Fiction for young people has had a long tradition. You can go back to Dicken’s David Copperfield and A Christmas Carol, Mark Twain’s Tom Sawyer and Huck Finn, Robert Louis Stevenson’s Treasure Island, Rudyard Kipling’s Jungle Book, Louisa Alcott’s Little Women and our own Seven little Australians. There were the Biggles stories and the boys and girl’s own adventures and today there are a plethora of styles and genres that encompass the books that are also labeled YA.
In a podcast, How to write YA fiction, from the 27th of July, two very successful current YA authors, John Green (US) and Bernard Beckett (NZ), talked to Sarah leStrange on the The Book Show (Radio National). The books of both authors are much prized by young adults and so they are worth listening to when there is discussion about writing for young adults. You can hear, in the 12 minute conversation, the things they consider to be the key ingredients to capture the attention of teen readers today.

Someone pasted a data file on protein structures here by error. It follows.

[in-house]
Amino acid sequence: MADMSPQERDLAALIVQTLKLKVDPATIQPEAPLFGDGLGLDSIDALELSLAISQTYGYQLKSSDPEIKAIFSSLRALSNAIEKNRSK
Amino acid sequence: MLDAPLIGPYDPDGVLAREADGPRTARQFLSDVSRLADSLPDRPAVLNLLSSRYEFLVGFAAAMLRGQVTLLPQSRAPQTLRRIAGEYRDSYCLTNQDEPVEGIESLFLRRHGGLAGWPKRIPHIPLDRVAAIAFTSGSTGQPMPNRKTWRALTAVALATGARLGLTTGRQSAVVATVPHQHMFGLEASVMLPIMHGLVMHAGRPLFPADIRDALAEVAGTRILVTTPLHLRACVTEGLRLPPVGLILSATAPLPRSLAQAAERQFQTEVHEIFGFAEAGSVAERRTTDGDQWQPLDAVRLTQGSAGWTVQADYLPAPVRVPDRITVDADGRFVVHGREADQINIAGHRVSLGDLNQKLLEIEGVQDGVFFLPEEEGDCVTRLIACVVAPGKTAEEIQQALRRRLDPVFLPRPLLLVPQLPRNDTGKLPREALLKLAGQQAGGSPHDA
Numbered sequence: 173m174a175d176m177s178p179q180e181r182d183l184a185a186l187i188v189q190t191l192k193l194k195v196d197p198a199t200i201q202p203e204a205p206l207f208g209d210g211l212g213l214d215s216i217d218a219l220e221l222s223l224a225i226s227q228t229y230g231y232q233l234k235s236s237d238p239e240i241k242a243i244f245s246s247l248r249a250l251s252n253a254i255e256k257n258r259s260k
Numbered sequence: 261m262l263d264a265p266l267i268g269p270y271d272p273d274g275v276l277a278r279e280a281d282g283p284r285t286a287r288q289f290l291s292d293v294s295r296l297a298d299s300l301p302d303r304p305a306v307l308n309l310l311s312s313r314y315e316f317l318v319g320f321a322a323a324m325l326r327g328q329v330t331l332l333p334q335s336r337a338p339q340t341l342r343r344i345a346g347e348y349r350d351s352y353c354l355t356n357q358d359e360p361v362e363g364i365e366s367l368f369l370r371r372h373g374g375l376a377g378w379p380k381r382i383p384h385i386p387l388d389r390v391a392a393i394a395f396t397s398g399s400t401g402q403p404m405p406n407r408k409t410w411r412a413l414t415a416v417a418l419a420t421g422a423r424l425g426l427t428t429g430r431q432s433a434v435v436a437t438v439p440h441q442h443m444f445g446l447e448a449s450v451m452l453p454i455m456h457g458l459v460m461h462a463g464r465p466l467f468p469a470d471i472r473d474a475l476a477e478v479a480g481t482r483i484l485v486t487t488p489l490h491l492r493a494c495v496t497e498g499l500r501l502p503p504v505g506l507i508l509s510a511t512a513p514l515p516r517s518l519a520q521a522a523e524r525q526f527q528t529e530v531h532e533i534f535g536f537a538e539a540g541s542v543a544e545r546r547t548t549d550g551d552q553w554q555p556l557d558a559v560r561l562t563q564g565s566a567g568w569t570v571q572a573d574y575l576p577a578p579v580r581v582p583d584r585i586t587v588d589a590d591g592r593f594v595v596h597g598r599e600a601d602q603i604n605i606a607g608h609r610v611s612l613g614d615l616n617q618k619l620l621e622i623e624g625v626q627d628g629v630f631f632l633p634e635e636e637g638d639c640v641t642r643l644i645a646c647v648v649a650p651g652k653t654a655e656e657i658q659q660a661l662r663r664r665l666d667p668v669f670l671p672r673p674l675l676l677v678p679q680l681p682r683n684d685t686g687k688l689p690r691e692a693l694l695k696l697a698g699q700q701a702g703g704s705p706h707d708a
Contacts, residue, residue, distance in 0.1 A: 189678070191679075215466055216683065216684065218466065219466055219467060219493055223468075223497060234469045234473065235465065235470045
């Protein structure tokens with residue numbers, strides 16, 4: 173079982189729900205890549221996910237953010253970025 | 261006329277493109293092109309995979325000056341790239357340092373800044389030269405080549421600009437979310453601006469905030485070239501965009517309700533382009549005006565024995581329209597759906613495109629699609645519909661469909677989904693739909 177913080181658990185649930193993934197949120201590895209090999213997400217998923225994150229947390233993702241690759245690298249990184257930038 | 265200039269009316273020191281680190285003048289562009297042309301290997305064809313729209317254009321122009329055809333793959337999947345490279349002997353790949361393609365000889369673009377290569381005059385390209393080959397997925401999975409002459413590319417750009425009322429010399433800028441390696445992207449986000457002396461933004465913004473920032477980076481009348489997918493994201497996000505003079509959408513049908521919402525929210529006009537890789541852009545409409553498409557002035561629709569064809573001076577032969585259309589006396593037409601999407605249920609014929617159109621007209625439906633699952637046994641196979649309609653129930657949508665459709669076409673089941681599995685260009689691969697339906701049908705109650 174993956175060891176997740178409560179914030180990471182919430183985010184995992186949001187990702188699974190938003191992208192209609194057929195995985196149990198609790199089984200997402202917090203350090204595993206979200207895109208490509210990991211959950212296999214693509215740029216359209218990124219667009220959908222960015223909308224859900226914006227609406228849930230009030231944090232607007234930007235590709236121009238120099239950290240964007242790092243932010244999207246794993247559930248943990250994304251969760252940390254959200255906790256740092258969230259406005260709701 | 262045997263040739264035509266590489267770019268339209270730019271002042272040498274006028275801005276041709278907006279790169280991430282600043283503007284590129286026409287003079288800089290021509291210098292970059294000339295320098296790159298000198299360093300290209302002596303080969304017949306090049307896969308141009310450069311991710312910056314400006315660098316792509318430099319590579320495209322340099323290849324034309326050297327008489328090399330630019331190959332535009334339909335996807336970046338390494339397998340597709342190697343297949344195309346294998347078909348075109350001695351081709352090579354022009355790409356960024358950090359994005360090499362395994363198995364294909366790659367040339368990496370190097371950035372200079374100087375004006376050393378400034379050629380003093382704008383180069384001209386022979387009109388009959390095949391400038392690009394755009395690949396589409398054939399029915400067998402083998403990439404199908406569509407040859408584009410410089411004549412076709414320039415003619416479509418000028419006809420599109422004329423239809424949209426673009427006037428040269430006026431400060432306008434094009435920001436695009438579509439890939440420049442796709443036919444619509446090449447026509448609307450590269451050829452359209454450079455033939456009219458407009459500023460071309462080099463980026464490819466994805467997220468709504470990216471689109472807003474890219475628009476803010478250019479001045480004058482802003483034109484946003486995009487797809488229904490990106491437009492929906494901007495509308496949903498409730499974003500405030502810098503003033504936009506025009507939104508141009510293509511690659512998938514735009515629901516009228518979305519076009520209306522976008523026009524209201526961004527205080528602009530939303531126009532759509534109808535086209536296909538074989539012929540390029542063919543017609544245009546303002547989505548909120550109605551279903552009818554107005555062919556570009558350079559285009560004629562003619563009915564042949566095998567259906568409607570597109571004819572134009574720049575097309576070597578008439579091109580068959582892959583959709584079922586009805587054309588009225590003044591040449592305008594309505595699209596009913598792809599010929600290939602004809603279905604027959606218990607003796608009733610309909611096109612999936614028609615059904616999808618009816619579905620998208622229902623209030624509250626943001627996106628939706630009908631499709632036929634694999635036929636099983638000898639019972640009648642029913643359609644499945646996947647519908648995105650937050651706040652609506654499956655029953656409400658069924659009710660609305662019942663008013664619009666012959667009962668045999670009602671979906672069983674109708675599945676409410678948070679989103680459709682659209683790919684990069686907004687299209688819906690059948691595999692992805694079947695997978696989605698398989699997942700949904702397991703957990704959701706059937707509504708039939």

Good literature is just that. I wrote a post trying to define my thoughts about what constitutes “YA” literature. Good YA literature is enjoyed by older readers as well as the YA audience. In some ways this literature has to be better than a lot of adult literature. For instance young people tend to be less forgiving about slow beginnings and padding. At the moment, if I had to quickly define YA literature,that the books must have a good story, driven by the actions and choices of the teenage characters, and essentially be about the growth of those characters.
These two authors voice some very interesting thoughts and again there are no firm definitions. Have a look on the Fiction Focus site for discussions and links to further exchanges about YA Literatue